Feature Story | 8-Nov-2023

Designing biosecurity plans for hobby farms

Texas A&M University

More and more people are practicing farming because they enjoy the outdoors, animals and the fruits of their labor as opposed to farming as a primary source of income.

Even though “hobby farming” can be a fun activity, it still requires dedication and careful planning. One important aspect of developing a hobby farm with animals is designing a biosecurity plan, or measures designed to reduce risk of illness between animal populations.

Dr. Brian Shoemake, a clinical assistant professor at the Texas A&M School of Veterinary Medicine and Biomedical Sciences, said biosecurity planning for hobby farms is all about helping your animals stay healthy.

“Biosecurity for smaller populations of animals is typically a plan to prevent the introduction of disease when adding new animals, whether it is through the use of screening tests for diseases, quarantine periods, or conditions of purchase based on how healthy an animal is,” Shoemake explained. “A biosecurity plan is also implemented to make sure that a new animal does not become sick from exposure to other animals.”

Tips For Adding New Animals

When adding new animals to a hobby farm, owners should first consider where they purchase their animals, as some animals can be at a higher risk for carrying diseases.

“Acquiring animals directly from the farm they were born on or from reputable sources — such as a reputable breeder or producer who is raising quality animals — is a good way to reduce risks of biosecurity hazards for hobby farms,” Shoemake said. “Animals bought second hand or through events where numerous animals congregate may have had an increased risk of exposure to diseases.”

Owners should also work with their veterinarians to determine a new animal’s health status as soon as they can after being brought home. In the meantime, Shoemake strongly encourages owners to have a quarantine protocol and designated areas to keep new acquisitions segregated from the herd until their health status can be determined, as there are numerous infectious diseases that an animal can carry without showing symptoms.

“For example, if a veterinarian notices during a routine physical exam that an animal has a snotty nose, they may check for respiratory diseases,” Shoemake explained. “It might also mean testing a ruminant for diseases that are not overtly apparent, such as bovine viral diarrhea disease, to guarantee they are not a carrier and won’t expose any other ruminants present on the farm.”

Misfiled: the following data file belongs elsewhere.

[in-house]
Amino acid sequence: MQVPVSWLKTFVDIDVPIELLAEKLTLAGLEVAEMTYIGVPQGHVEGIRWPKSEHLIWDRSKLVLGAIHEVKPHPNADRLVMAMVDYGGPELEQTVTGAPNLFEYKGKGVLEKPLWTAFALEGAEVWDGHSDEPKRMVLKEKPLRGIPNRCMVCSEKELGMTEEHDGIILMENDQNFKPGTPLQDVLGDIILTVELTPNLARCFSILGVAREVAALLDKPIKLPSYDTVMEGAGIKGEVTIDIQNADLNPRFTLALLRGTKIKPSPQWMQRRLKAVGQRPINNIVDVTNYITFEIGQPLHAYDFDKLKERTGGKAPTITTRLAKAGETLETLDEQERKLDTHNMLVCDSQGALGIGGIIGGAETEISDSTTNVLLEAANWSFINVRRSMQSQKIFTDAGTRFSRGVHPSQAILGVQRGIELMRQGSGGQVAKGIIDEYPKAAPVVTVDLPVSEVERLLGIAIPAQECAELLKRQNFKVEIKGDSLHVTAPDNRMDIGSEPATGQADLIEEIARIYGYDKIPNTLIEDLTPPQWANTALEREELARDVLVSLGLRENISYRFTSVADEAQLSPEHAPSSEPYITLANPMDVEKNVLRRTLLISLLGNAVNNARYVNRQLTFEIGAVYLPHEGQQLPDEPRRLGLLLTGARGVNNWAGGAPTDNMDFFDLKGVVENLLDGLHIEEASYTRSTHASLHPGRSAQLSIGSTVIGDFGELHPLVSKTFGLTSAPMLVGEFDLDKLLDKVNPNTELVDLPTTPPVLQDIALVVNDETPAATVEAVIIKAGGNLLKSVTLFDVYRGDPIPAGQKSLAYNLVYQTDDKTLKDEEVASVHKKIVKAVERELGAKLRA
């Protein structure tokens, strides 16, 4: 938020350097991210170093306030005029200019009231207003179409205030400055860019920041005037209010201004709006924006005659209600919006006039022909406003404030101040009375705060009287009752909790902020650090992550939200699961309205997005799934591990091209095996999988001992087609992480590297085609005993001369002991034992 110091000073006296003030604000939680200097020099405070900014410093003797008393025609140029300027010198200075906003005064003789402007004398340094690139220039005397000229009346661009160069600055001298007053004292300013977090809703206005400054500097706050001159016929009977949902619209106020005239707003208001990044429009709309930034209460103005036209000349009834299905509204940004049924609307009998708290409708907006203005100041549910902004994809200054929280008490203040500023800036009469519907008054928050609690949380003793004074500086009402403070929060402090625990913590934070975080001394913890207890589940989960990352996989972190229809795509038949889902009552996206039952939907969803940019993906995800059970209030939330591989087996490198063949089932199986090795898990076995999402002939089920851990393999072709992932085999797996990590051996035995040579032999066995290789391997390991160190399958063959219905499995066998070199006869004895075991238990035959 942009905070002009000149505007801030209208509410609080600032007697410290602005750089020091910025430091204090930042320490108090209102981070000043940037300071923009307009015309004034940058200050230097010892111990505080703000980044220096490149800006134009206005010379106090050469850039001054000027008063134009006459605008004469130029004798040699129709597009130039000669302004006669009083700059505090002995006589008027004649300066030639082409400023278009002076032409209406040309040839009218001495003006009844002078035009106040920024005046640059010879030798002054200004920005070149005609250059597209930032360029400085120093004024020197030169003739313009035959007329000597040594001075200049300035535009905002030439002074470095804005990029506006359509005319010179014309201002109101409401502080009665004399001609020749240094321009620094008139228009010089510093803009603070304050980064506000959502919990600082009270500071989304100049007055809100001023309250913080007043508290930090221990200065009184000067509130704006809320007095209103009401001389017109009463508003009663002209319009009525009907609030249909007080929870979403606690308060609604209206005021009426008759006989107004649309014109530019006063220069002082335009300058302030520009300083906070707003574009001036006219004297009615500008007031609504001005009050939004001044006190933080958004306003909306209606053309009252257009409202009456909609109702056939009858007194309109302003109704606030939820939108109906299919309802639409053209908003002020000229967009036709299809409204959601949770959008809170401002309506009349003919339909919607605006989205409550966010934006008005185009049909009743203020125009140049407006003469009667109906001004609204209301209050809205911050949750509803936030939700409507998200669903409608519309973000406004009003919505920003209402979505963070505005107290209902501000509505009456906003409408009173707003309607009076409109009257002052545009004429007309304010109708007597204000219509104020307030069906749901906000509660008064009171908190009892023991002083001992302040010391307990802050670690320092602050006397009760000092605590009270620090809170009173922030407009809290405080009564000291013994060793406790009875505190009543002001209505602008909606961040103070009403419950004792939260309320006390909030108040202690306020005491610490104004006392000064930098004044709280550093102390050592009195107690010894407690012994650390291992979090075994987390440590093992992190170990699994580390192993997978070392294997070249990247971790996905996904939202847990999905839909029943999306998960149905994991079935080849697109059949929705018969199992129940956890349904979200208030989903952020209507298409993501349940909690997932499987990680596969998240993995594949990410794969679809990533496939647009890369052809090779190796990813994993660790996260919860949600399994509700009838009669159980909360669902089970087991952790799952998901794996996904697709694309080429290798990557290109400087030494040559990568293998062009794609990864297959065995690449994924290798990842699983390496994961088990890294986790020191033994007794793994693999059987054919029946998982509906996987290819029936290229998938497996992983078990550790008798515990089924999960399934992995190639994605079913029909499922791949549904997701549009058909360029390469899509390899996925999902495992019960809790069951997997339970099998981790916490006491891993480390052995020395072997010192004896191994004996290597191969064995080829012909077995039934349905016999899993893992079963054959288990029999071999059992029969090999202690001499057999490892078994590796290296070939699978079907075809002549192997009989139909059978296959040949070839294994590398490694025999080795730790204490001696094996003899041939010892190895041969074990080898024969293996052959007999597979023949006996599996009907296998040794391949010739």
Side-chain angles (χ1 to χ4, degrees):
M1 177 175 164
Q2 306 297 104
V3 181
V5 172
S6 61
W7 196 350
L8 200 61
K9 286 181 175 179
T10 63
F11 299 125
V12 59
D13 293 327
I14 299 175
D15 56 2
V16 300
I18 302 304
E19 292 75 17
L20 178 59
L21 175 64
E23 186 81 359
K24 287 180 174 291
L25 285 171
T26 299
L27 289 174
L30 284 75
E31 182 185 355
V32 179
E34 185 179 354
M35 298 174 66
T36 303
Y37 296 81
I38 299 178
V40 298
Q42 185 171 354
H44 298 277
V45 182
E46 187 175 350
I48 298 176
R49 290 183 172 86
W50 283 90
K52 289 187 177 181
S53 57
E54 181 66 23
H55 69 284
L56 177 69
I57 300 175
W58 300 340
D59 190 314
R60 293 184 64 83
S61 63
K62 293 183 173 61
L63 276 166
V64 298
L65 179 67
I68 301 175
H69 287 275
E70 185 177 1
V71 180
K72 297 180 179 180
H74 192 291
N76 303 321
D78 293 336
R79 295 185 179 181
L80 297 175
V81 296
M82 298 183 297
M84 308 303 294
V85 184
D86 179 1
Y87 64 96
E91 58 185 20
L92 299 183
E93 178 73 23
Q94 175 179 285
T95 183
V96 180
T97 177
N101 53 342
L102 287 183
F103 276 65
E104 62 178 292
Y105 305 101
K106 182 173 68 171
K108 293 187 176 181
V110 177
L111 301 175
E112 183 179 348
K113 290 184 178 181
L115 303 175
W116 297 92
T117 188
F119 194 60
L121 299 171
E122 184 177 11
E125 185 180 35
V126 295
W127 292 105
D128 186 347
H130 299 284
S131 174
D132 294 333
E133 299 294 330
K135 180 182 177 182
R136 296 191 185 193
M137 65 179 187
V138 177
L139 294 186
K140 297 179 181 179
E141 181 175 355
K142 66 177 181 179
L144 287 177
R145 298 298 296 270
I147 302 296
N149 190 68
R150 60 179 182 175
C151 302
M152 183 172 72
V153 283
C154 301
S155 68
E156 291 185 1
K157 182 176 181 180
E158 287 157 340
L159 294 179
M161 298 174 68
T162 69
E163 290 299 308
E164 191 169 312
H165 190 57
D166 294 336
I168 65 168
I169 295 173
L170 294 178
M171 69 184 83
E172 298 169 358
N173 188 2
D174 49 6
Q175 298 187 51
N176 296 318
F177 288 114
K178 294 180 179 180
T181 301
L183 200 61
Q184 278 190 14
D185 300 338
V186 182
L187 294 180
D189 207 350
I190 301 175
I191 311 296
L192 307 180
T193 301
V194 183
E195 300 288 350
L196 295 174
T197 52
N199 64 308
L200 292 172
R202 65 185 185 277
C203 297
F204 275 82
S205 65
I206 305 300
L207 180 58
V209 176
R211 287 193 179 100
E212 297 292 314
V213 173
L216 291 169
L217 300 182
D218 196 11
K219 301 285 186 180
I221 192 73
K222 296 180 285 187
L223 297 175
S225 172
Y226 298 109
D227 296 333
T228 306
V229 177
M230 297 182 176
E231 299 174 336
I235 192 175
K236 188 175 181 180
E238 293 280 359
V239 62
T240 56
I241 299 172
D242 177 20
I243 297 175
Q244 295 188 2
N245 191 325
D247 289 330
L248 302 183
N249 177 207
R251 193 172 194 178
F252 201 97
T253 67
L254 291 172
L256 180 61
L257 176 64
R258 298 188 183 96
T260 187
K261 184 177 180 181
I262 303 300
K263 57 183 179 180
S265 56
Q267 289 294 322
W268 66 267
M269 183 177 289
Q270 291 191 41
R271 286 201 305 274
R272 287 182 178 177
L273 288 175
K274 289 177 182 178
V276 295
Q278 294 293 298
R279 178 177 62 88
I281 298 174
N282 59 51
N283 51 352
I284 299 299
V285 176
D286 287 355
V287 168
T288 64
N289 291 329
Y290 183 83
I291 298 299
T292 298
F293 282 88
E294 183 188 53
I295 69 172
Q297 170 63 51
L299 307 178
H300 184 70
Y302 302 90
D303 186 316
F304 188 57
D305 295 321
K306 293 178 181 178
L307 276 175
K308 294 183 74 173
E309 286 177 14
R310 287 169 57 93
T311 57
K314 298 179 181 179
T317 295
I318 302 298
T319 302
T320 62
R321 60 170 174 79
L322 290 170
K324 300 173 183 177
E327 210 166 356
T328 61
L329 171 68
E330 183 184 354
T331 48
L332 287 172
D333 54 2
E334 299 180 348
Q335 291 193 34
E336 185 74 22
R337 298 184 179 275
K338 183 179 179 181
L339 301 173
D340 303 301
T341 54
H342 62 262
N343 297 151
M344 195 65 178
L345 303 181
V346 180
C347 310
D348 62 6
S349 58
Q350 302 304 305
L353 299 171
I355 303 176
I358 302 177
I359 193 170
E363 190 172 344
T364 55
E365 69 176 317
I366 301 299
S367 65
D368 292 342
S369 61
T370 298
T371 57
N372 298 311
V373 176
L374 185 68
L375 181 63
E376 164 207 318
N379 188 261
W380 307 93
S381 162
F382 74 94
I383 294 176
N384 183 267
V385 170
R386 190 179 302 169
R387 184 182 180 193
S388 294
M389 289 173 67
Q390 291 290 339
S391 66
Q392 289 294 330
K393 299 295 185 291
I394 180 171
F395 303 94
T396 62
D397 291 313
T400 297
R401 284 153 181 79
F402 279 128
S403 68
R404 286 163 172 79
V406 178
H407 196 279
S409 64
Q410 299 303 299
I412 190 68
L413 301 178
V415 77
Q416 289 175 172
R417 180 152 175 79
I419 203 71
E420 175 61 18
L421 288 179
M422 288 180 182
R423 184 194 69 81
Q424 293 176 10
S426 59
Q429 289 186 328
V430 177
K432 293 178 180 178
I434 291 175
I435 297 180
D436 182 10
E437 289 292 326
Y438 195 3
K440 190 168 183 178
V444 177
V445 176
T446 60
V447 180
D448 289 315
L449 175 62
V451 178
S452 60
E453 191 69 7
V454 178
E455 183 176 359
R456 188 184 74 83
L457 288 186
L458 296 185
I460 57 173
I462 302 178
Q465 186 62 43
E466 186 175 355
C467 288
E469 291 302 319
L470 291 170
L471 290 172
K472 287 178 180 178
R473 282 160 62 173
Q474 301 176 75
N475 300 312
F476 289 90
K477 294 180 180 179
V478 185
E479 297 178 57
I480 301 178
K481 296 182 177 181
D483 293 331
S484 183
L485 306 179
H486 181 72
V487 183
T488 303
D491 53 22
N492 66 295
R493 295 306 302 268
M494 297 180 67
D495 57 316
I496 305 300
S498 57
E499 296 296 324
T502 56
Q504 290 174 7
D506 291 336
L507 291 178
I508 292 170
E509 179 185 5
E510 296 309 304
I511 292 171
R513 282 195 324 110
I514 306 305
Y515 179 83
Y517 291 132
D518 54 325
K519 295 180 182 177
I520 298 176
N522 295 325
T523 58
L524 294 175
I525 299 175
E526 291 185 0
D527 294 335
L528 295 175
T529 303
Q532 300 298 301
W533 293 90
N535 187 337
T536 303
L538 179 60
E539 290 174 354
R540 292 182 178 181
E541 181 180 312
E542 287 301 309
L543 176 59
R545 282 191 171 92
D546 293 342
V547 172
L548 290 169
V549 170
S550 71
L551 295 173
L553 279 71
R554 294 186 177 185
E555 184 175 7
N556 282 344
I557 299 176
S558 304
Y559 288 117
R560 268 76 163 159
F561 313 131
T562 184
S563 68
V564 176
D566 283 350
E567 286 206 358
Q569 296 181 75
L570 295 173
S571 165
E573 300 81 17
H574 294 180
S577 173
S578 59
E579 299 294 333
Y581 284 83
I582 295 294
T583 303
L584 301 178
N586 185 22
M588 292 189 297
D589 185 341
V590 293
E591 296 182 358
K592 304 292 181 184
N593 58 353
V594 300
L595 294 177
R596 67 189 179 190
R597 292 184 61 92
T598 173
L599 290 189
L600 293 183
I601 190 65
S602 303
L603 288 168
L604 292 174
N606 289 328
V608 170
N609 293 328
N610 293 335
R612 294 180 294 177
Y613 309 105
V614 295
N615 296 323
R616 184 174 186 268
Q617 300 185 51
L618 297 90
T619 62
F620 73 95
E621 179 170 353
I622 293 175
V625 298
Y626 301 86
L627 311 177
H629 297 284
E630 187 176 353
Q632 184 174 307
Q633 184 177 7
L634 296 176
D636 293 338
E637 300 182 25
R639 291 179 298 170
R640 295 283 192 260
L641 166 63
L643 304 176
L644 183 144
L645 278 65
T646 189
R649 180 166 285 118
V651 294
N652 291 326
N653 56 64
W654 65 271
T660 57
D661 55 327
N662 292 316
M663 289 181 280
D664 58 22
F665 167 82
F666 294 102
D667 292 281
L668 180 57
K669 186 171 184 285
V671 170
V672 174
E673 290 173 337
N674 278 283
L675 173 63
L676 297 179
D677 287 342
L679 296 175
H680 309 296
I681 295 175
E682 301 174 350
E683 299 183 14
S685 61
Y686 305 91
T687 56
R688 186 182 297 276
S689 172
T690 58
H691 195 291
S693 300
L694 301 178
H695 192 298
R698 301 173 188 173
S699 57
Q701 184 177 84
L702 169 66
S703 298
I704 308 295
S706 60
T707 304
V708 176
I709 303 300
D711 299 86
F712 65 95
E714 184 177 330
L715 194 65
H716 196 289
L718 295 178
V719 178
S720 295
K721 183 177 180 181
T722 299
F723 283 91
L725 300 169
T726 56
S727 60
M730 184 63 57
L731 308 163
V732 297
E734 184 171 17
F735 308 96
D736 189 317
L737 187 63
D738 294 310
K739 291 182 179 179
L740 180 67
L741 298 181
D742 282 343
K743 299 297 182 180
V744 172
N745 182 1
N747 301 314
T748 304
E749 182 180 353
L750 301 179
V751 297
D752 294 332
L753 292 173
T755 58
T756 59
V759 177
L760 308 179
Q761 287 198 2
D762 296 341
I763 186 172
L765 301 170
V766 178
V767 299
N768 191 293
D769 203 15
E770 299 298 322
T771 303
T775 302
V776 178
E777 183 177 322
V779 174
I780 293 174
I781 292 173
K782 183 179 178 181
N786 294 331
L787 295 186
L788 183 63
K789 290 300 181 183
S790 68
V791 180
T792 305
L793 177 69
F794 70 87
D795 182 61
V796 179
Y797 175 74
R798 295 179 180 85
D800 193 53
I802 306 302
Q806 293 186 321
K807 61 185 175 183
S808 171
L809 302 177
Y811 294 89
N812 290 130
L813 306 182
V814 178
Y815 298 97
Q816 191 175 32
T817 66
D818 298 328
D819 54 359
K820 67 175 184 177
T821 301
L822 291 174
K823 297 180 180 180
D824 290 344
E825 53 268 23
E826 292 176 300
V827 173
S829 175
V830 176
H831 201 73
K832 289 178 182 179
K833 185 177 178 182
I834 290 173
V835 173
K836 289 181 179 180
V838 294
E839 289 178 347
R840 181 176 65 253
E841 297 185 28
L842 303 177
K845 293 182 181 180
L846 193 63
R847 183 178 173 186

Since diseases can spread between animals, it’s also important to know how to protect both your animals and any potential wildlife visitors from possibly spreading illnesses.

“New additions are fun because you get to bring new animals in, but it's worth looking at what animals are already present and trying to figure out what risk factors they may be exposed to,” Shoemake said. “One such risk factor can be wildlife. For example, deer can carry bovine viral diarrhea disease or Johne’s disease, which can spread to ruminants if they come into contact with each other. Also, avian influenza follows migratory bird paths, and if backyard poultry are exposed to migrating flocks that are carrying avian influenza, your poultry can become ill.”

Shoemake emphasizes that owners can deter wildlife by using physical barriers, such as fences, or not leaving food out.

Lastly, Shoemake pointed out that some animals should be tested for specific diseases according to federal guidelines, such as pigs who are at risk of being exposed to brucellosis and pseudorabies, highly infectious diseases that are federally regulated to limit the disease from spreading.

Key Things To Remember

While there are general recommendations for every hobby farmer, it is ultimately the owner’s decision on how relaxed or strict their biosecurity plan and practices are based on their overall disease tolerance. 

“If owners have an absolute aversion to sick animals, they will need a more strict biosecurity plan that ensures new animals are bought from reputable sources, tested to confirm good health, and appropriately introduced to the rest of the farm,” Shoemake said. “On the other hand, owners may have a more relaxed plan if they made the decision to bring animals to the farm regardless of their health status. Still, they will need measures to manage and treat any illnesses.”

Nevertheless, adherence to any biosecurity plan is crucial to preventing the spread of disease.

“You can have the best biosecurity plan ever, but if you're not going to adhere to it, it's not going to work,” Shoemake said. “A lot of disease incidences or outbreaks typically happen because someone has not followed the plan.”

Lastly, biosecurity plans should be updated regularly, especially when new animals or species join the farm or contact with other animals changes.

“Improving a biosecurity plan means having a veterinarian come to the hobby farm to see what's going on and determine any areas or measures that are not biosecure,” Shoemake explained.  “If you've got goals of expanding the hobby farm, you will need to work with your veterinarian to determine what animals go well together, how to help prevent disease, and what the biosecurity practices are for those animals.”

Hobby farm biosecurity is essential to protecting your animals from disease, and by following the biosecurity plan you make with your veterinarian, you can enjoy your hobby and the company of your animals stress-free.

By Texas A&M UniversitySchool of Veterinary Medicine and Biomedical Sciences


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